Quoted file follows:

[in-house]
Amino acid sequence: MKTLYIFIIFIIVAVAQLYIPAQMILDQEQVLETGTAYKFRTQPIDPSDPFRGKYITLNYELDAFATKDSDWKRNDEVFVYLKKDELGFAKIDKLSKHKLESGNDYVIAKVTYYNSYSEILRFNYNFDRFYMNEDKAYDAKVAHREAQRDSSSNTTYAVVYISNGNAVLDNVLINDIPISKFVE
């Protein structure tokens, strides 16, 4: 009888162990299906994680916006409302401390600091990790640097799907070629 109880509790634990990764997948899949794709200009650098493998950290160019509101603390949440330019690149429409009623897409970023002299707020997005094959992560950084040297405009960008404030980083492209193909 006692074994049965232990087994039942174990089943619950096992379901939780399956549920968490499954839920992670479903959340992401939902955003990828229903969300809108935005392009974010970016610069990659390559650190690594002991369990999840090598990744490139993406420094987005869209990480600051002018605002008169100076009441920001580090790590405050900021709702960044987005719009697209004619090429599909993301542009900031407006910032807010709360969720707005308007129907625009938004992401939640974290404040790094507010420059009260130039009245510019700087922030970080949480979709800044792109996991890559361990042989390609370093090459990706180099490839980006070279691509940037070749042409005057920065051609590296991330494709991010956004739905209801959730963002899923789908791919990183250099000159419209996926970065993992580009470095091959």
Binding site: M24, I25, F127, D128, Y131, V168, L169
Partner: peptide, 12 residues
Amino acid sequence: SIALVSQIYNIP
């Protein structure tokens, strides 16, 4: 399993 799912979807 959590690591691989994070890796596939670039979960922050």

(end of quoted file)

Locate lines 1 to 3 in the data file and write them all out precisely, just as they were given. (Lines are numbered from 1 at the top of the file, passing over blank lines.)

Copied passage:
[in-house]
Amino acid sequence: MKTLYIFIIFIIVAVAQLYIPAQMILDQEQVLETGTAYKFRTQPIDPSDPFRGKYITLNYELDAFATKDSDWKRNDEVFVYLKKDELGFAKIDKLSKHKLESGNDYVIAKVTYYNSYSEILRFNYNFDRFYMNEDKAYDAKVAHREAQRDSSSNTTYAVVYISNGNAVLDNVLINDIPISKFVE
């Protein structure tokens, strides 16, 4: 009888162990299906994680916006409302401390600091990790640097799907070629 109880509790634990990764997948899949794709200009650098493998950290160019509101603390949440330019690149429409009623897409970023002299707020997005094959992560950084040297405009960008404030980083492209193909 006692074994049965232990087994039942174990089943619950096992379901939780399956549920968490499954839920992670479903959340992401939902955003990828229903969300809108935005392009974010970016610069990659390559650190690594002991369990999840090598990744490139993406420094987005869209990480600051002018605002008169100076009441920001580090790590405050900021709702960044987005719009697209004619090429599909993301542009900031407006910032807010709360969720707005308007129907625009938004992401939640974290404040790094507010420059009260130039009245510019700087922030970080949480979709800044792109996991890559361990042989390609370093090459990706180099490839980006070279691509940037070749042409005057920065051609590296991330494709991010956004739905209801959730963002899923789908791919990183250099000159419209996926970065993992580009470095091959």